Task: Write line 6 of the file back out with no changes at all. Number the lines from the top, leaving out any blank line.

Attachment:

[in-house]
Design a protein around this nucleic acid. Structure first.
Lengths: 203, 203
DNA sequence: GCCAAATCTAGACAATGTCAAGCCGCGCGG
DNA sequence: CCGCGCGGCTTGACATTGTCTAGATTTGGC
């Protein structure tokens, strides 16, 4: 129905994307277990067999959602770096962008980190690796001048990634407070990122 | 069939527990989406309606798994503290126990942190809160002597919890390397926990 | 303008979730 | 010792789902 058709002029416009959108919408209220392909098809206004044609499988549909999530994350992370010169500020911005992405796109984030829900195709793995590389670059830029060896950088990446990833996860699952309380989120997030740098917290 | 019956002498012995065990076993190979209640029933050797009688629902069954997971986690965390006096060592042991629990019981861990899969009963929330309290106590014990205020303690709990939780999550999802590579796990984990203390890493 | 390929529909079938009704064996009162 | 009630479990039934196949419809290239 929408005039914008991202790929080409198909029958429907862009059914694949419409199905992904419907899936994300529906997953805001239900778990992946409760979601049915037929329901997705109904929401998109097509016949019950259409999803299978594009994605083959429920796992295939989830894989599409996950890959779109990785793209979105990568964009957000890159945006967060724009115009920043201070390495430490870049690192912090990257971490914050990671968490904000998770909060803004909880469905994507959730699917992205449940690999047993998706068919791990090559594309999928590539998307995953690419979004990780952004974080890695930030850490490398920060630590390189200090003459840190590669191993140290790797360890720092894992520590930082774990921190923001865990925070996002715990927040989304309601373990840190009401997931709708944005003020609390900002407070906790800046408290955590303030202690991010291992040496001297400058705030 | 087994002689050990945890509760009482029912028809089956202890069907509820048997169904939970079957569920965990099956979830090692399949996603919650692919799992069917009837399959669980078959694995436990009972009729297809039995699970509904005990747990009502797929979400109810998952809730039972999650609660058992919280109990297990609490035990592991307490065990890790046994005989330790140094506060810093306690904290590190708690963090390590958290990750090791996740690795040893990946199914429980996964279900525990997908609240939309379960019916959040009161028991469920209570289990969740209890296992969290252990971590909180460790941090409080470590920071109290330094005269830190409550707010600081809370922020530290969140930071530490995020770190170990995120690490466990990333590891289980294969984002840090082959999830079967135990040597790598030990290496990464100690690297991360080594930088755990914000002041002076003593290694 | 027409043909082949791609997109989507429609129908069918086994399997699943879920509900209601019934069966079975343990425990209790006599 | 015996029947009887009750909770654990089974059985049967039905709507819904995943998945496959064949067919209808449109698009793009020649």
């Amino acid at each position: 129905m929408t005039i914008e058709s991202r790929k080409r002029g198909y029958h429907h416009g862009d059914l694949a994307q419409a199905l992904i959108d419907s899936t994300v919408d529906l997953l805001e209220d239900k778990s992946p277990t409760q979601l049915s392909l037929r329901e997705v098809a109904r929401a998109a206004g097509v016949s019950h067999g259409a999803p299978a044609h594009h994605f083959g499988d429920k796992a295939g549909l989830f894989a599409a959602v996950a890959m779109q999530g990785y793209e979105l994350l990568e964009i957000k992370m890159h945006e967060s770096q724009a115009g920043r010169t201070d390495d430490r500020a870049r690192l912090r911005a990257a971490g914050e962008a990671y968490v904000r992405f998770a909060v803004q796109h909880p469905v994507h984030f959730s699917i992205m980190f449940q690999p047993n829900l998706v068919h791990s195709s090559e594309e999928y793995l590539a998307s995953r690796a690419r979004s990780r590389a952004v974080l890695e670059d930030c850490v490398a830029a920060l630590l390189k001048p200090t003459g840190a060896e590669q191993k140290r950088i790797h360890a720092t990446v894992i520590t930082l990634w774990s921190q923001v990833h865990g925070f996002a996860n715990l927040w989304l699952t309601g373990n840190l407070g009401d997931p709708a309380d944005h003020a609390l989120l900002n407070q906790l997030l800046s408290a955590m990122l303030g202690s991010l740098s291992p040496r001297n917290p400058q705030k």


């Protein structure tokens, strides 16, 4: 129905994307277990067999959602770096962008980190690796001048990634407070990122 | 069939527990989406309606798994503290126990942190809160002597919890390397926990 | 303008979730 | 010792789902 058709002029416009959108919408209220392909098809206004044609499988549909999530994350992370010169500020911005992405796109984030829900195709793995590389670059830029060896950088990446990833996860699952309380989120997030740098917290 | 019956002498012995065990076993190979209640029933050797009688629902069954997971986690965390006096060592042991629990019981861990899969009963929330309290106590014990205020303690709990939780999550999802590579796990984990203390890493 | 390929529909079938009704064996009162 | 009630479990039934196949419809290239 929408005039914008991202790929080409198909029958429907862009059914694949419409199905992904419907899936994300529906997953805001239900778990992946409760979601049915037929329901997705109904929401998109097509016949019950259409999803299978594009994605083959429920796992295939989830894989599409996950890959779109990785793209979105990568964009957000890159945006967060724009115009920043201070390495430490870049690192912090990257971490914050990671968490904000998770909060803004909880469905994507959730699917992205449940690999047993998706068919791990090559594309999928590539998307995953690419979004990780952004974080890695930030850490490398920060630590390189200090003459840190590669191993140290790797360890720092894992520590930082774990921190923001865990925070996002715990927040989304309601373990840190009401997931709708944005003020609390900002407070906790800046408290955590303030202690991010291992040496001297400058705030 | 087994002689050990945890509760009482029912028809089956202890069907509820048997169904939970079957569920965990099956979830090692399949996603919650692919799992069917009837399959669980078959694995436990009972009729297809039995699970509904005990747990009502797929979400109810998952809730039972999650609660058992919280109990297990609490035990592991307490065990890790046994005989330790140094506060810093306690904290590190708690963090390590958290990750090791996740690795040893990946199914429980996964279900525990997908609240939309379960019916959040009161028991469920209570289990969740209890296992969290252990971590909180460790941090409080470590920071109290330094005269830190409550707010600081809370922020530290969140930071530490995020770190170990995120690490466990990333590891289980294969984002840090082959999830079967135990040597790598030990290496990464100690690297991360080594930088755990914000002041002076003593290694 | 027409043909082949791609997109989507429609129908069918086994399997699943879920509900209601019934069966079975343990425990209790006599 | 015996029947009887009750909770654990089974059985049967039905709507819904995943998945496959064949067919209808449109698009793009020649």